Via convenience and faster turnaround times. Fintech is also increasingly using artificial intelligence and machine learning to help people with decisions when it comes to savings, Jutla says.
“Consumers can now choose financial products like pensions and mortgages … much faster than they can with traditional banks,” she says. “Fintech allows bank accounts to be opened in a matter of minutes compared to traditional banks which can still take up to several weeks to open basic banking accounts.”
In addition, many banks still don’t have decent online banking services or still require that customers visit a branch for identification and verification purposes. “With fintech, this all can be done at home with the use of facial recognition technology on your mobile phone,” Jutla adds.
Via blockchain technologies. Traditional banking will be substantially replaced by blockchain in the future, says Rohan Hall, cofounder of Vottun, a blockchain technology company based in Los Angeles.
“One of the key values that blockchain provides that did not exist before is the ability to instantly transfer money and other financial assets,” he says. “For example, I moved from Spain back to California a couple of years ago. It took more than a week for a transfer from my bank in Spain to reach my bank account in California. I called both banks during the transfer process and neither knew where my money was or when it would arrive. They knew there were one or more intermediaries in the middle of the process but did not know who the intermediary was. Plus, when the funds finally arrived there were huge fees taken from my transferred funds.”
Bitcoin can do the same transfer in minutes and other blockchain platforms like Ripple are starting to do these kinds of transfers in seconds. “That means the instant transfer of financial value, with no intermediary, and no minimum funds and no fees,” he adds.
Via social media channels. Look for the Facebook Libra (a new global digital payment platform) project to be approved by the U.S. Securities and Exchange Commission and other global governments. “If Facebook goes live then cash micropayments to more than two billion people all over the world, including many of the so-called ‘unbanked’ will become an instant reality — and banks will be unable to compete,” says Hall. “Ultimately, Libra will be the largest global bank in the world.”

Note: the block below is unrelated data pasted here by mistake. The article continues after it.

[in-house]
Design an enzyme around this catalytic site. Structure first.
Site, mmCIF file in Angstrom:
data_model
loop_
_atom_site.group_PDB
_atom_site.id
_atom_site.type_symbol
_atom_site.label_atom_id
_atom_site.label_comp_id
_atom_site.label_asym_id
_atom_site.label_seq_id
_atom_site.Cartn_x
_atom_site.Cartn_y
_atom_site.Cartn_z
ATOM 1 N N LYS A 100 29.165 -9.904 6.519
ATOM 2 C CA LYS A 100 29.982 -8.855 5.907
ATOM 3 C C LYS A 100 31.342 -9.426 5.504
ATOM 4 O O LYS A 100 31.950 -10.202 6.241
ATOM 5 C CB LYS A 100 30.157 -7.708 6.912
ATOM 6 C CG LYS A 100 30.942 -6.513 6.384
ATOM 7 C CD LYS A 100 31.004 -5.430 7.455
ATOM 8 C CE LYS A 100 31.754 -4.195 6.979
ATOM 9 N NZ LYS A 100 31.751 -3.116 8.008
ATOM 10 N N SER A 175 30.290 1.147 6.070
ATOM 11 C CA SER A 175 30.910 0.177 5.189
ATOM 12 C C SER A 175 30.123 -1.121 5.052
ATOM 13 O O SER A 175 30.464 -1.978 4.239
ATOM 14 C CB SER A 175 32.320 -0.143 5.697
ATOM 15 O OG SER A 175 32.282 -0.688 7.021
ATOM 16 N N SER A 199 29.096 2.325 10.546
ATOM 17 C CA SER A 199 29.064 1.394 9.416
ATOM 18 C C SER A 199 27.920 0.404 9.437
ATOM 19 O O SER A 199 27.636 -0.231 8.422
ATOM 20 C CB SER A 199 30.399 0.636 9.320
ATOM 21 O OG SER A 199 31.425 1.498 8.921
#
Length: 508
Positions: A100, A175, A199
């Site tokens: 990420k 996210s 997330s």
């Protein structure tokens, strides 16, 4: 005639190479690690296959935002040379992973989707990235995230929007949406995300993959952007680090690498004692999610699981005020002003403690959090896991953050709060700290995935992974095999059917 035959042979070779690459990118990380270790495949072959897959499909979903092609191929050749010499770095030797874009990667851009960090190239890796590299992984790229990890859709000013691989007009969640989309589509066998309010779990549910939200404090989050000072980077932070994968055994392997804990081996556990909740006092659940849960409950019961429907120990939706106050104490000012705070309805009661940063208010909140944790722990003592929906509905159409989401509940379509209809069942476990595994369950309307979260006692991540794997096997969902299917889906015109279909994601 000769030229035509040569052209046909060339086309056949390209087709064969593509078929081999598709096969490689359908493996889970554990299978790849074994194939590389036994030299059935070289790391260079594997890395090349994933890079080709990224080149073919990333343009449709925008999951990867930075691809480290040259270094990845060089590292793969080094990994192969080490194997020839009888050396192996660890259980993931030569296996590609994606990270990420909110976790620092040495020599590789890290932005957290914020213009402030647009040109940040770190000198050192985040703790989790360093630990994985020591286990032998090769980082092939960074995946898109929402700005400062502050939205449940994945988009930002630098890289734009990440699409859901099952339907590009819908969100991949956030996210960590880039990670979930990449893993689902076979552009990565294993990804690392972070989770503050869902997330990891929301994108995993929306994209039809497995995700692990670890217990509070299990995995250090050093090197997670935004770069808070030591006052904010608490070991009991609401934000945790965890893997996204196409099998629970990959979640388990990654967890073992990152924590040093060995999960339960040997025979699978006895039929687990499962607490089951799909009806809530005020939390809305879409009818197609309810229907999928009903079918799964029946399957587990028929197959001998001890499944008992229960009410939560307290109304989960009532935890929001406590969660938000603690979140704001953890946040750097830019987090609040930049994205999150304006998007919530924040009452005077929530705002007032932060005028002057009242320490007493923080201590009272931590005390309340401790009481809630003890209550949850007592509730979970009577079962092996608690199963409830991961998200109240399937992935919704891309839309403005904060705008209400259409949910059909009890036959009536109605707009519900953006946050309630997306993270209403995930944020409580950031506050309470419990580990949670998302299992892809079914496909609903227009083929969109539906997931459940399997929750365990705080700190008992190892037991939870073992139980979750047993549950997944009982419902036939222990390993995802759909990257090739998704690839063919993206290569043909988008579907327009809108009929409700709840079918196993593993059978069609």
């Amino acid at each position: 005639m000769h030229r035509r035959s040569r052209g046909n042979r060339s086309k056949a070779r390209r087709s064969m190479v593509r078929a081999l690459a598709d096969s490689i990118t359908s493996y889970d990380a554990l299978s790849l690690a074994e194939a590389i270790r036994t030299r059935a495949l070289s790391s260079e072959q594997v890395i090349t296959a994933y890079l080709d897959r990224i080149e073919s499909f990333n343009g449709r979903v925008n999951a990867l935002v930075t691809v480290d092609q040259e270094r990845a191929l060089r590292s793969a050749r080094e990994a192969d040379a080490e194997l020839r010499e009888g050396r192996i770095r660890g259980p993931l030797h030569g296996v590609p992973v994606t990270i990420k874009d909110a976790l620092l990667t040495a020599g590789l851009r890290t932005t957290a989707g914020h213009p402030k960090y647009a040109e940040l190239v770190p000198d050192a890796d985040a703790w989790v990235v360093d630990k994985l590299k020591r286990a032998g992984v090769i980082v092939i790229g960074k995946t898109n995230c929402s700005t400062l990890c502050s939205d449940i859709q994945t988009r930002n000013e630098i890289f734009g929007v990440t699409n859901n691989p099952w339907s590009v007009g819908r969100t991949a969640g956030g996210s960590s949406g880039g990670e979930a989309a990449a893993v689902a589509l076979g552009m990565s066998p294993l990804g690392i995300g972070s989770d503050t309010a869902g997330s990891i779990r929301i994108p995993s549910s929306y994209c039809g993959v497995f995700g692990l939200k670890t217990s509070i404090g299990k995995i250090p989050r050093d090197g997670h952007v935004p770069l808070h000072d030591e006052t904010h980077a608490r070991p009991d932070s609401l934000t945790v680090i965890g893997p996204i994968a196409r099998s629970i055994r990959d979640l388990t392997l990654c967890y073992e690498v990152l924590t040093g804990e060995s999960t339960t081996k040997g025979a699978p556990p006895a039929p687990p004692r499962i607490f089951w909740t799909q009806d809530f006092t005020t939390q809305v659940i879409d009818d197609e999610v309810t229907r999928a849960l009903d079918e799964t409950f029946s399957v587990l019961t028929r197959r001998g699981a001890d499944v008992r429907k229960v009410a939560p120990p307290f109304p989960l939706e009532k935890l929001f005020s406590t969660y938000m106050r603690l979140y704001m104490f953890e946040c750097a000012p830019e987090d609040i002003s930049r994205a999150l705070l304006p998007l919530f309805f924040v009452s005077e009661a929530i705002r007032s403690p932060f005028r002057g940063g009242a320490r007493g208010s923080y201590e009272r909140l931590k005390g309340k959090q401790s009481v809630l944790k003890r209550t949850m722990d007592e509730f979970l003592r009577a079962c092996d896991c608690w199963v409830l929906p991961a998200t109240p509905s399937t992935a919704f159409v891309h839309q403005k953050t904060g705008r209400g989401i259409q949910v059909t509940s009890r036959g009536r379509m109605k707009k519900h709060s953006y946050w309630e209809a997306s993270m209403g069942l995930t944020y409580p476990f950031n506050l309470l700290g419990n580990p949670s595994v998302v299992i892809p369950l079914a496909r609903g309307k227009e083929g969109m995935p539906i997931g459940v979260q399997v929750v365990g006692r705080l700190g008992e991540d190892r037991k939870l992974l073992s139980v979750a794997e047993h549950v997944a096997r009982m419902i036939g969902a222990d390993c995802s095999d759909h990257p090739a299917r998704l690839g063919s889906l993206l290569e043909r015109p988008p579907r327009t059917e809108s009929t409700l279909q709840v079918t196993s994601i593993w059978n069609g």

Via small business lending. One area where fintech companies are both challenging and partnering with banks is in the area of small business lending.
“Small business lending in the U.S. alone is estimated to be a nearly $200 billion industry,” says Priyanka Prakash, a business finance specialist with Fundera, a small business fintech provider. “Right now, banks are only receiving a small fraction of that — small business owners with established companies and strong credit scores.”
Prakash says there’s a big “unbankable” market of small business owners that fintech companies are catering to.
“Most banks lack the appetite to take on the risk that this market represents,” she says. “Fintech companies are partnering with banks on this front, with banks sending their more risky borrower leads to fintech business lenders. This isn’t so much of a threat to banks as a lost opportunity and a limit on their future growth. It also shows the advantages of fintech lenders, who can work more dynamically and quickly than a bank to underwrite and fund small business loans.”
A new age — and new choices — for financial consumers
Banks are no longer enjoying the immunity their reputations and size previously gave them, says Jutla.
“The industry is no longer dominated by monopolies,” she says. “Instead, fintech has produced new competitors that enable banking consumers, for the first time, to actively choose banks on their terms.”
“Simultaneously, banks are falling out of favor as they are unable to stay current with changing technologies such as blockchain, cryptocurrencies, and artificial intelligence wealth managers.”